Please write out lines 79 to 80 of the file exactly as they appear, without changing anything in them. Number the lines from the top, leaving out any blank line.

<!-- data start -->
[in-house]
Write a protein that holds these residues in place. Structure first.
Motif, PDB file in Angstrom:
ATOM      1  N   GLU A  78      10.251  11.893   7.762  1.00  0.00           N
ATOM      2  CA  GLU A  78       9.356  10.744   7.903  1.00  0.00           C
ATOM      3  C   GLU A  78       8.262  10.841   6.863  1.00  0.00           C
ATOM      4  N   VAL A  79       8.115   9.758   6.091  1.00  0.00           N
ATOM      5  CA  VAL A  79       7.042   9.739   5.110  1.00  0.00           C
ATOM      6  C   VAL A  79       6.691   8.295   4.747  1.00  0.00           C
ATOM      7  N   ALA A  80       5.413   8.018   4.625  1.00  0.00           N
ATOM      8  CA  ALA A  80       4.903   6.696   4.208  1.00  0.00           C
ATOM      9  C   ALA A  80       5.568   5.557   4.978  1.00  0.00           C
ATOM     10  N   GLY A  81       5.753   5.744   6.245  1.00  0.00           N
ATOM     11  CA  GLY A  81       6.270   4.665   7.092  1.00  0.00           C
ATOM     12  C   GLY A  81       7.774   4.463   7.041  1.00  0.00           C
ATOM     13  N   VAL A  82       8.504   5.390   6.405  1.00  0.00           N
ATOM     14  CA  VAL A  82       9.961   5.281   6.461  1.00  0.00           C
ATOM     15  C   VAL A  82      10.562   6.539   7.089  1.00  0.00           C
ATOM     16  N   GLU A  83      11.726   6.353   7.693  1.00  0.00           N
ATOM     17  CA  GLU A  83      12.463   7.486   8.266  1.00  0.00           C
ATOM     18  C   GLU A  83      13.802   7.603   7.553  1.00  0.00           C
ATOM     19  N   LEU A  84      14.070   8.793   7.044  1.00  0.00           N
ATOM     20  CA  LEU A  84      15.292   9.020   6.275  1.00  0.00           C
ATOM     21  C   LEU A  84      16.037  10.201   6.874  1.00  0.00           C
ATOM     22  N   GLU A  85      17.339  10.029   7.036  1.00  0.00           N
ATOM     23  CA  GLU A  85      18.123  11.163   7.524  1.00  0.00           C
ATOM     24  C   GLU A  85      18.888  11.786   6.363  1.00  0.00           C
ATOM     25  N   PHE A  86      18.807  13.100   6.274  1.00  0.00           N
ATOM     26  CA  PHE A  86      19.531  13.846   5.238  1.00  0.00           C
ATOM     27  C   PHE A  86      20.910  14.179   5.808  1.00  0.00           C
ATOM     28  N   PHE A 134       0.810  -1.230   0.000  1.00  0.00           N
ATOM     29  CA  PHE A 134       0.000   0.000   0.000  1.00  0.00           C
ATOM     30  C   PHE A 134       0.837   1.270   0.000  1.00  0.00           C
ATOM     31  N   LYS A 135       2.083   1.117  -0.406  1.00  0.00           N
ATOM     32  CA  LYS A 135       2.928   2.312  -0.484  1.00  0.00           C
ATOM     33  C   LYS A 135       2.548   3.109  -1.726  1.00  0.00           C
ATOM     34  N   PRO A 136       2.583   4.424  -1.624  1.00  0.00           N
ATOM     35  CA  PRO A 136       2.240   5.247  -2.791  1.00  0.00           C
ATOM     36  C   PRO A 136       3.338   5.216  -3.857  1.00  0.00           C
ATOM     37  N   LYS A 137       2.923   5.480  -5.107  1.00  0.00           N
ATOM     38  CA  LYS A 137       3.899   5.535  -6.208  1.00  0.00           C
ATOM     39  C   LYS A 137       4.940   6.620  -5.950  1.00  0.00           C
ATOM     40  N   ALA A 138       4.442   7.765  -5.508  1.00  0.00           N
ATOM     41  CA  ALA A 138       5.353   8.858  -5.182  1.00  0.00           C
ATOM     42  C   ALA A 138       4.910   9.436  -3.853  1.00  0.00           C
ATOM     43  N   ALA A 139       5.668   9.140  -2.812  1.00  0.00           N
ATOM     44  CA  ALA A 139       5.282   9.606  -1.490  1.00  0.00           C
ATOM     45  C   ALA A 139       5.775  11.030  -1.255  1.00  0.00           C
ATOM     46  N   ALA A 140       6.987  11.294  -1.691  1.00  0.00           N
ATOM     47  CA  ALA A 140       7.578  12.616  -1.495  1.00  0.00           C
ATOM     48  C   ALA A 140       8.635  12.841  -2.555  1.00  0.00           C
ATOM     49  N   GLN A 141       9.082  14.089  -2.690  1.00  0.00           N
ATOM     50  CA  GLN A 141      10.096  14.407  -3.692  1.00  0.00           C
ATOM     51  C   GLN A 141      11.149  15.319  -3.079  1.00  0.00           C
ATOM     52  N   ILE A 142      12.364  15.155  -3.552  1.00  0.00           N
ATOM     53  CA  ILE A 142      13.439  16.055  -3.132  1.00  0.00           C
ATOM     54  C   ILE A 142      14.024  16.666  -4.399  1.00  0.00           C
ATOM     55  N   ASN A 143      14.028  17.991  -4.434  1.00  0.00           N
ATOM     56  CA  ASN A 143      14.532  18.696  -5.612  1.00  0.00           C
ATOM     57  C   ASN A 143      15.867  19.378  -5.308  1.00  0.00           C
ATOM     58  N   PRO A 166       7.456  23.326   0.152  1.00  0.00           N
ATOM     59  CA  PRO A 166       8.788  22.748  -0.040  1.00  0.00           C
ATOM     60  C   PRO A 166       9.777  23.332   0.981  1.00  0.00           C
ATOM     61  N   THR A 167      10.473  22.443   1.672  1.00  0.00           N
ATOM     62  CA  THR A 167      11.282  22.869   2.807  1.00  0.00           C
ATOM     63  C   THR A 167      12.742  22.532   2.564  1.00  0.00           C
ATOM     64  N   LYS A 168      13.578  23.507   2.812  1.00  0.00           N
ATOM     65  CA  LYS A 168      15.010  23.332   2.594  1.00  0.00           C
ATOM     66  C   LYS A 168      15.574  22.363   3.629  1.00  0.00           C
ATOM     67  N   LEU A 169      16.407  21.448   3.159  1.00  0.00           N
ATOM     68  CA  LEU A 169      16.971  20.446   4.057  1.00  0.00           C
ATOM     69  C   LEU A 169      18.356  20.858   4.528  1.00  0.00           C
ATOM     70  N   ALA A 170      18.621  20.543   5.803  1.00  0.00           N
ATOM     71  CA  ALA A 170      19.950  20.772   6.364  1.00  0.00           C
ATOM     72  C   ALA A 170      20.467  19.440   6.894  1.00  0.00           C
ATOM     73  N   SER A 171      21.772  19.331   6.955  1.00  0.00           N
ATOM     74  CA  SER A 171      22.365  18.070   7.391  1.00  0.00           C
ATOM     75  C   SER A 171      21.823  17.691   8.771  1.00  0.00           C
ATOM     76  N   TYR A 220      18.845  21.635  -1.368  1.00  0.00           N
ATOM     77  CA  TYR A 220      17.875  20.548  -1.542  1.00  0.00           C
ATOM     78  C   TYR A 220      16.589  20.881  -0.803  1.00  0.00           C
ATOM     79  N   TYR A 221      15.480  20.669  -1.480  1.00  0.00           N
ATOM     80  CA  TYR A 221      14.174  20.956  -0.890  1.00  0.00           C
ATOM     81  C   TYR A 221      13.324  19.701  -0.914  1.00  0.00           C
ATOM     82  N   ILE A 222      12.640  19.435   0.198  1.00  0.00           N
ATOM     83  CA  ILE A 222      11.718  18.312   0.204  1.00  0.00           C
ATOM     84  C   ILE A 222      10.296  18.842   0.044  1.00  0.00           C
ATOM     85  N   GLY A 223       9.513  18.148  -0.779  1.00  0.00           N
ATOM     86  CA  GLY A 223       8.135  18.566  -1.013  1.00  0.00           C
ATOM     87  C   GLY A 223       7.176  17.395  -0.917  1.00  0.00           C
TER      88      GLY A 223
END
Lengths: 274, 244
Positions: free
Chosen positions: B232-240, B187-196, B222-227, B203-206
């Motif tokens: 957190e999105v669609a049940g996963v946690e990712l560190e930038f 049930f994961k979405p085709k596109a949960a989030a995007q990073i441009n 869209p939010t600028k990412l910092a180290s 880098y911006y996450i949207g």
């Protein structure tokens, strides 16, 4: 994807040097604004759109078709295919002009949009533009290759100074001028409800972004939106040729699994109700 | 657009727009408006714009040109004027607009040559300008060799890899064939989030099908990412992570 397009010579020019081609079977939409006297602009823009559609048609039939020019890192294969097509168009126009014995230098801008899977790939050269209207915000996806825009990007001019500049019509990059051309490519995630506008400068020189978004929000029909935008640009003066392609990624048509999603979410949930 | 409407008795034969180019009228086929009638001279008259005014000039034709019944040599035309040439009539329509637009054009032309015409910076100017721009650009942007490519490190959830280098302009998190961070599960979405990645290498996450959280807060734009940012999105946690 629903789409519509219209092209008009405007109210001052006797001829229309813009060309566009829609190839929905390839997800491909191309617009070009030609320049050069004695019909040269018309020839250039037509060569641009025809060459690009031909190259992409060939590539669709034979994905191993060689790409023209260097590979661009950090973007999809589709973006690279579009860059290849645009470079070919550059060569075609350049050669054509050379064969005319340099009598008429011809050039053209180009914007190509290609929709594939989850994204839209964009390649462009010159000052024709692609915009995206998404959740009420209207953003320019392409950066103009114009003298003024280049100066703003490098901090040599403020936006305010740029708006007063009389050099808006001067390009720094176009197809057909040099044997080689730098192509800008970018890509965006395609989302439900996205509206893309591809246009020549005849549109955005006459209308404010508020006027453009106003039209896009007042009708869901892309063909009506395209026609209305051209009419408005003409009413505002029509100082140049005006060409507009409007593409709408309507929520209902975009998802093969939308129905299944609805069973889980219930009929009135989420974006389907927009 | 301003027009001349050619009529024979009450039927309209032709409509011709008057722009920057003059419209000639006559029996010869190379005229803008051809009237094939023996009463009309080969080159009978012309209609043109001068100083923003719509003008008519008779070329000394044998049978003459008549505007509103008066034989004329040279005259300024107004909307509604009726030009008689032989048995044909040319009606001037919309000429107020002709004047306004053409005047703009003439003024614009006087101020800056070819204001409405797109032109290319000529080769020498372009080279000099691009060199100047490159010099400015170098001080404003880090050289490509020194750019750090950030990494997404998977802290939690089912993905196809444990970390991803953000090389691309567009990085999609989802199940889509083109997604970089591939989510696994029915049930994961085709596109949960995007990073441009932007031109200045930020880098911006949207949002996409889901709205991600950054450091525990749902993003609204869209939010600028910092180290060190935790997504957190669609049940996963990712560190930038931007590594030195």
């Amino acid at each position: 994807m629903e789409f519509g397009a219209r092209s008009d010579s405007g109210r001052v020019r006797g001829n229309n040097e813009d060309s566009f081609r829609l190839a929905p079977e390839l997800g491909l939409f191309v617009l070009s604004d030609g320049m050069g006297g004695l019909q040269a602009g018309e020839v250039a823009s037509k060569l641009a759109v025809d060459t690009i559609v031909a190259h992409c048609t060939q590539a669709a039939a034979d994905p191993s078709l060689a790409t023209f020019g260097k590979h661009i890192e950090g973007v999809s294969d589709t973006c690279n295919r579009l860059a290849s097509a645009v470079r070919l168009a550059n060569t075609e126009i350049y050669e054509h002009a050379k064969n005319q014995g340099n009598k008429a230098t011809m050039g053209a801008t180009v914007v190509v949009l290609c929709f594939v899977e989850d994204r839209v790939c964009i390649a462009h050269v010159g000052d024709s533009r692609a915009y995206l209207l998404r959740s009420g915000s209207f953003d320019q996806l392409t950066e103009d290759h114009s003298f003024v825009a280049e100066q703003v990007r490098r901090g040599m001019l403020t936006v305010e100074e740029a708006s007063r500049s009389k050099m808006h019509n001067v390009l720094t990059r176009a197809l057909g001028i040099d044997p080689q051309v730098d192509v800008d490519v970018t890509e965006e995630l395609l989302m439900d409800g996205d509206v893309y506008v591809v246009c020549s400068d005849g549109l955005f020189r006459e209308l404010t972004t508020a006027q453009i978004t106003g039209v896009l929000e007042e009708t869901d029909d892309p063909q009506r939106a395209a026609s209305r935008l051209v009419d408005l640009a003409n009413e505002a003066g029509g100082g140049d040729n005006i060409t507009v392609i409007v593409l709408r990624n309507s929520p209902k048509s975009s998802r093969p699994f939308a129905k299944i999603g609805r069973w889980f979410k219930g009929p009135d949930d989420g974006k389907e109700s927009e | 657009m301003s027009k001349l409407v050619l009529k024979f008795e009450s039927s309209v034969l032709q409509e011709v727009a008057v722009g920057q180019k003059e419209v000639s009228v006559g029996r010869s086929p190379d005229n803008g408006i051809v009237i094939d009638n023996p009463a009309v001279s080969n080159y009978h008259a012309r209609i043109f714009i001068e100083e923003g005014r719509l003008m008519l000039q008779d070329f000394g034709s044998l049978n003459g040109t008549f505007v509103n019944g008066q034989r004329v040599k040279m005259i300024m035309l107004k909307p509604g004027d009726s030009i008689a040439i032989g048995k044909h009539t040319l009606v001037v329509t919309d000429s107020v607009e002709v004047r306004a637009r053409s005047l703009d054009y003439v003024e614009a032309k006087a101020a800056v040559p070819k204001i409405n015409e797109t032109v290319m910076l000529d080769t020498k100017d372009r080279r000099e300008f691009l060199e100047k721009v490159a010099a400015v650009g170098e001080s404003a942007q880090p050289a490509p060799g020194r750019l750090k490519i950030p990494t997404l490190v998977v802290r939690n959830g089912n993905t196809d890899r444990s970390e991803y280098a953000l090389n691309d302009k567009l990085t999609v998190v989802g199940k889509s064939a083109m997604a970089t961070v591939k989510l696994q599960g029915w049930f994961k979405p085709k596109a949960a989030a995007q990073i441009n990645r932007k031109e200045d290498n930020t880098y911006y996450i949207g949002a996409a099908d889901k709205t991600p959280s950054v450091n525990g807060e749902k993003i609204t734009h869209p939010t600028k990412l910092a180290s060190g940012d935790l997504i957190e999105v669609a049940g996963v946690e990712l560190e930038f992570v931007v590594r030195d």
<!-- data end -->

ATOM     76  N   TYR A 220      18.845  21.635  -1.368  1.00  0.00           N
ATOM     77  CA  TYR A 220      17.875  20.548  -1.542  1.00  0.00           C